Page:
’Twas the night before 4th of July. Independence Day had come early that year. The ghost of Arthur Fiedler, the legendary conductor of the Boston Pops Orchestra, had decided to pay a visit in the form of Hurricane Arthur, and the 4th of July Concert and Fireworks were rescheduled for the 3rd at the very last minute. But how could he possibly miss the concert? I imagine he wanted to reminisce about the times he conducted the Pops on the 4th of July all those years ago on the very same Charles River Esplanade. And if he hadn’t caused Tchaikovsky’s 1812 Overture to be cancelled, I might even have forgiven him.
The day began with the sun blazing down on me, as I waited in a line that could only be described as a giant mass of bodies, all trying to squeeze through a narrow space. But I braved the heat, and was rewarded with a place on the lawn with a great view of the acoustic Hatch Shell, where the orchestra would perform. As I waited for the sun to set and the music to start, I thought about what a privilege it was to be in the midst of such a celebration. The tradition of Independence Day concerts began in 1929, with Arthur’s vision that great symphonic music should not be the prerogative of a select few. It should be as readily available to the masses as timeless literature in public libraries and masterpieces of art in museums. His legacy has continued till today, with the Boston Pops performing free concerts on the banks of the Charles River every summer.
The first cool breeze blew like a breath of fresh air as the musicians hit the first note. From then on, it was magic, all prior discomfort forgotten. The reading of “This Difficult Song: The Star-Spangled Banner at 200”, to the music of Sousa’s Star Spangled Banner filled the atmosphere with such emotion that it almost brought tears to my eyes. The concert then moved on to the roaring 20’s, and played swing music with such vivacity that dance lovers like me found it impossible to stay in their seats. I contented myself by watching a sailor do the Charleston and let the music work its magic.
The night was going along perfectly, with performances ranging from Disney songs sung by the Boston Children’s Chorus to Broadway numbers. The Beach Boys performed their famous summer songs and were probably the crowd favorites. Even as everyone was singing along to Yankee Doodle, which was particularly enjoyable, I was eagerly awaiting the piece that would be the highlight of the night for me, Tchaikovsky’s monumental 1812 Overture, complete with canons and church bells.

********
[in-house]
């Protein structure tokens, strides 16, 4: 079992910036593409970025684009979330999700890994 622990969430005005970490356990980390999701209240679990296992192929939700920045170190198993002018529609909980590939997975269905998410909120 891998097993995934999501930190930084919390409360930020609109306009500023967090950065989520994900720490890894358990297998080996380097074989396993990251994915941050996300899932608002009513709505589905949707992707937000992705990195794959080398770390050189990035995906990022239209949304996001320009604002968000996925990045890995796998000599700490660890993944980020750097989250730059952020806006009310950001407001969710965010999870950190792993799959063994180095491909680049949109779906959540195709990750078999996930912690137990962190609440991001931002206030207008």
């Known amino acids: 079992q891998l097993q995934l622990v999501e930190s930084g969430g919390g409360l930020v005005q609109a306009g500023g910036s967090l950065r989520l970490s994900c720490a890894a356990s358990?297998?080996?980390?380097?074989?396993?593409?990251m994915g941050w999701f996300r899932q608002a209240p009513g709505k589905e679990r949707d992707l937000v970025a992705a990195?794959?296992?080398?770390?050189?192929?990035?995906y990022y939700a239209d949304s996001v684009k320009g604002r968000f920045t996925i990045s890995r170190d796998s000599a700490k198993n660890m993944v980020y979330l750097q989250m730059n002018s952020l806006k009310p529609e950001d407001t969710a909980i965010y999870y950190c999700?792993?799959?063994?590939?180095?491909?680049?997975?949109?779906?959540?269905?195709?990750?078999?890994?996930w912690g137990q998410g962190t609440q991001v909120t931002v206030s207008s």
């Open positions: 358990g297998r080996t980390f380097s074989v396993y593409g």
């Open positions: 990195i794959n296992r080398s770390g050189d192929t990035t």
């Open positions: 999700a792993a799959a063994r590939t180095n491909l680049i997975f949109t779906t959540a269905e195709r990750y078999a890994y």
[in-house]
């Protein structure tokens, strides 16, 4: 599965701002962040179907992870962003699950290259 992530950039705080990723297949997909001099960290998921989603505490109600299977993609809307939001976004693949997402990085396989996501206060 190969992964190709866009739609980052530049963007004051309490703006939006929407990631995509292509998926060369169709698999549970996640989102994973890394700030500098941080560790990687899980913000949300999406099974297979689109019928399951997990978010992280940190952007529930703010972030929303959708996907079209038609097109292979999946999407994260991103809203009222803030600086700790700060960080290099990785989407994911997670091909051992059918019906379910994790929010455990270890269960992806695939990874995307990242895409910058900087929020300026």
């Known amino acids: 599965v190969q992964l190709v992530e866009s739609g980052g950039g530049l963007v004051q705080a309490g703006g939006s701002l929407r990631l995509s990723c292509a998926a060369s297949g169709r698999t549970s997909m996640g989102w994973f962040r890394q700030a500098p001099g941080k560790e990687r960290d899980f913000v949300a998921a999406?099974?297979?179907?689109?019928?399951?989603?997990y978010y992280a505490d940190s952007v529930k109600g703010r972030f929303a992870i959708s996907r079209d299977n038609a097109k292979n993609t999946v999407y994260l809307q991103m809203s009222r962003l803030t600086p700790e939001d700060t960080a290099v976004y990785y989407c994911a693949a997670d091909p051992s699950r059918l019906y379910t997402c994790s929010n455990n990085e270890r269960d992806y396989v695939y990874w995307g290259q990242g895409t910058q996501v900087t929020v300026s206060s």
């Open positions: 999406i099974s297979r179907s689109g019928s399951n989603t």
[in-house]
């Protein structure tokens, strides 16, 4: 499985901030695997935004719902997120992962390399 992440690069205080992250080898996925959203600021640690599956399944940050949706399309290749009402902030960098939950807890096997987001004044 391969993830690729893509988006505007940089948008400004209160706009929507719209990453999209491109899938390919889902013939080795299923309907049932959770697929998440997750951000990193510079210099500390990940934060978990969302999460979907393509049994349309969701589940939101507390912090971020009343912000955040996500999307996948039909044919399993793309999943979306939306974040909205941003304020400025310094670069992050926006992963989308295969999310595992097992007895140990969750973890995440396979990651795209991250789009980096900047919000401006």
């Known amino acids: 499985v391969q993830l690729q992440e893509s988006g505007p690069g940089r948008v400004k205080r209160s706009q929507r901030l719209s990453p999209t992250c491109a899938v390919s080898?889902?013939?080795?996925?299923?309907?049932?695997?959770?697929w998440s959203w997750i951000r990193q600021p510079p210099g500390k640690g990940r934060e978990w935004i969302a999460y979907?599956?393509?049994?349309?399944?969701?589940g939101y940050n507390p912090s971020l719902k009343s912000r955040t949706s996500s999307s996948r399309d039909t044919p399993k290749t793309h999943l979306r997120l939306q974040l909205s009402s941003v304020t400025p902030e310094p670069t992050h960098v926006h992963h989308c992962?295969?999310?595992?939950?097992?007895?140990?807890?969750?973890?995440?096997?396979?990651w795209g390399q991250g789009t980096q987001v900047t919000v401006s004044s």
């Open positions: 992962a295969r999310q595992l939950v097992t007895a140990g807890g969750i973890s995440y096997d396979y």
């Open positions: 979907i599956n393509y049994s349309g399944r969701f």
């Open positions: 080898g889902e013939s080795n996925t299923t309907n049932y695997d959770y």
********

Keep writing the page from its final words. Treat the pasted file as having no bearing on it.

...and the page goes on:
But just as the orchestra was tuning its instruments, an announcement was made that Hurricane Arthur was fast approaching, and the fireworks would take precedence over the 1812 Overture. I was highly dismayed, but my hopes rose again when they said that the concert would continue after the fireworks, if Arthur permitted. I ran along the esplanade to find a place to watch the explosion of lights in the sky which was truly the work of a genius, as perfectly orchestrated as the notes in a symphony. As the final light died out, the crowd started receding, but I went against the flow in the hopes of hearing the music I had been waiting for. Alas, it was not meant to be. I was forced to accept that the night was over, and started to walk back home.
And then the storm hit us. I was walking down Beacon Street when I saw a mass of people running towards me in the middle of the road screaming, followed by a distant haze. In mere seconds the haze outran the humans and we were hit by a torrent of rain and wind so strong that it almost blew me away. We ran for shelter to the nearest foyer but we were already soaked to the skin. I will never forget the sight. It was right out of an apocalyptic movie.
But Arthur left just as suddenly as he had arrived. As I walked back along Harvard Bridge, the rain had reduced to a silent drizzle, with streaks of lightning momentarily lighting up the Cambridge skyline. It was one of the most serene experiences I have had, like the sudden change from fortissimo to pianissimo. I returned home and settled down to listen to a recording of the 1812 Overture on my humble speakers, dreaming of what the true music would have sounded like.